Date of Submission

Fall 2021

Academic Program


Project Advisor 1

Justin Hulbert

Abstract/Artist's Statement

Despite the rapidly-increasing widespread adoption of percussive therapy as a tool for pain management by individual consumers and health professionals alike, relatively little experimental research has been done to clarify the neural mechanisms implicated in the many anecdotal stories of pain reduction. Inspired by an evidence-based theory of pain perception, according to which the brain’s anterior cingulate cortex processes both physically and emotionally painful inputs, it was hypothesized that the application of a physical stimulus—percussive therapy—would decrease socially-induced pain more readily than a vibration-removed control. Six conditions spread over three phases of testing were designed to specifically isolate the effect of vibration from other confounds, should such an effect exist. Instead, exploratory analyses revealed that participants in the pain induction conditions who received percussive therapy with or without vibration both reported significantly reduced pain. The mechanisms within percussive therapy beyond vibration that may have contributed to this finding, including touch and other social and cognitive factors, are discussed at length herein.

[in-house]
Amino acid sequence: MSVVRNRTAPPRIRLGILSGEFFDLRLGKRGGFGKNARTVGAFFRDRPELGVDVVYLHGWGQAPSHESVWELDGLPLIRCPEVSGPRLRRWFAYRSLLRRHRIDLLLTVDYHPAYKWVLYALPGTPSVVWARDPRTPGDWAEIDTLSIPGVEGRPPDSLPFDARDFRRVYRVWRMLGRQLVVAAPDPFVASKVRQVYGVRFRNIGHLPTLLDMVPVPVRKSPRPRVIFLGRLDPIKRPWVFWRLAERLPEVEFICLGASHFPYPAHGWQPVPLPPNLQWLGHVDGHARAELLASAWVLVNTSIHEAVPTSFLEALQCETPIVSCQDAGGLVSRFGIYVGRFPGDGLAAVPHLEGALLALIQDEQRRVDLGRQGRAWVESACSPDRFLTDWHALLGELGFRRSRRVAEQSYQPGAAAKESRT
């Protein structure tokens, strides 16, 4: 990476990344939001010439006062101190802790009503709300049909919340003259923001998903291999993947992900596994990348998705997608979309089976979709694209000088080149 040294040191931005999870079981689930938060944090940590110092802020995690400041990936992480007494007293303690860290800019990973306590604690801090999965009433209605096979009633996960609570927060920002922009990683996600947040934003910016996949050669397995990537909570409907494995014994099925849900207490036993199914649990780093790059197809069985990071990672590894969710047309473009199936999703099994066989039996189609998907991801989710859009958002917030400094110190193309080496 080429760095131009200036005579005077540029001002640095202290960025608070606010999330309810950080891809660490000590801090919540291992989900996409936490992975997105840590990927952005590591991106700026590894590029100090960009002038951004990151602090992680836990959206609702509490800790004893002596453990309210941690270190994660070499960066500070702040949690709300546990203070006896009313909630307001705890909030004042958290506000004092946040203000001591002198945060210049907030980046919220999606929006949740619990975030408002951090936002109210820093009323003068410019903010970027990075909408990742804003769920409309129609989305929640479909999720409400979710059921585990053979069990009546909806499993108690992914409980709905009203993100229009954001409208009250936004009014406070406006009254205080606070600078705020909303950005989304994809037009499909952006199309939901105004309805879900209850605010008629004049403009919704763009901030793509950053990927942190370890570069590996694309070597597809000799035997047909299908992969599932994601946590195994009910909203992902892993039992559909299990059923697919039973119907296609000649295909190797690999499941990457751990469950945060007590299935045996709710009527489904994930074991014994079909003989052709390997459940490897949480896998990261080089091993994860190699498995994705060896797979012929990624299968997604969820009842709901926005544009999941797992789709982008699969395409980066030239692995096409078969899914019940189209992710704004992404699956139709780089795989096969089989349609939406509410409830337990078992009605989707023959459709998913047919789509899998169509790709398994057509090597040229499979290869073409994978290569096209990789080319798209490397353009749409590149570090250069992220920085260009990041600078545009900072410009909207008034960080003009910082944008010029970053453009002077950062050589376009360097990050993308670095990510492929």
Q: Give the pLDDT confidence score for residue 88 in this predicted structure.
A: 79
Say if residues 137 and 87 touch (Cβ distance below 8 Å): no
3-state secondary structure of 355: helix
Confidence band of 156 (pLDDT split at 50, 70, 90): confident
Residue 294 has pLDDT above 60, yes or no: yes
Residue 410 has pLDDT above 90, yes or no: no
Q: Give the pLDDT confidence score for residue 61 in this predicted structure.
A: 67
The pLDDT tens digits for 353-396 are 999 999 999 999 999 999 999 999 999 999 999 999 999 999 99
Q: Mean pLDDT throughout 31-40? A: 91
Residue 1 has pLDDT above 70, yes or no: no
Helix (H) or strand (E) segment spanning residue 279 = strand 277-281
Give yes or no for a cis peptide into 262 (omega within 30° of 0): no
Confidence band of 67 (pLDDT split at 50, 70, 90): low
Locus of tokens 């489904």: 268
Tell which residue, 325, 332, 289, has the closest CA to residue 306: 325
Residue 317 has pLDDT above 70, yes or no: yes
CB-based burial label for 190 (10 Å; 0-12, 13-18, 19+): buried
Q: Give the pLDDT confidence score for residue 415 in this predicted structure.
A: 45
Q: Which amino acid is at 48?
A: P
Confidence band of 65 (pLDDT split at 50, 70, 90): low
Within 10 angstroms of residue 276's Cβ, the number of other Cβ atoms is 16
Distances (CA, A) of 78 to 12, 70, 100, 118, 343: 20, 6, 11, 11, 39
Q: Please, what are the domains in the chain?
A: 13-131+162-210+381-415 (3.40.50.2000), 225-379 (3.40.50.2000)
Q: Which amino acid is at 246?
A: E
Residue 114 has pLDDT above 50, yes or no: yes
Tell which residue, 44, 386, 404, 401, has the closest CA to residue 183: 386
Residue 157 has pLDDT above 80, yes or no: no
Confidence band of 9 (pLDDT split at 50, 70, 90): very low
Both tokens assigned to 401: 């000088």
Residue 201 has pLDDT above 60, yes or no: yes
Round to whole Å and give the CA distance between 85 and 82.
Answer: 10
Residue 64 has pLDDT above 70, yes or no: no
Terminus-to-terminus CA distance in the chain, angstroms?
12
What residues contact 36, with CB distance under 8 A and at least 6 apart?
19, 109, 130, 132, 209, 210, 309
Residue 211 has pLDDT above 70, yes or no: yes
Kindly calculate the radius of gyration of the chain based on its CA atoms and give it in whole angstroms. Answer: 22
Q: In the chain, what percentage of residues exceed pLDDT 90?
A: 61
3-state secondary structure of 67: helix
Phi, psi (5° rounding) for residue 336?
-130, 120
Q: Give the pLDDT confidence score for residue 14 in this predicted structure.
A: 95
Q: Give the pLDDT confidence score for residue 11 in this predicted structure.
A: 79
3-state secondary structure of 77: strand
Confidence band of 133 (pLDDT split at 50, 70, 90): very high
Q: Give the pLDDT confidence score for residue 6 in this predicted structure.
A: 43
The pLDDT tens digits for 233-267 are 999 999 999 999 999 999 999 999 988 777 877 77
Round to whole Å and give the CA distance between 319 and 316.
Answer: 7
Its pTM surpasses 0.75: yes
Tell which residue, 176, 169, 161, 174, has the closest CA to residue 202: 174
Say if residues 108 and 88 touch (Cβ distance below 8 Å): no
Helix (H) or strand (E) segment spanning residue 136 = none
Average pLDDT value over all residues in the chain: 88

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Open Access

Creative Commons License

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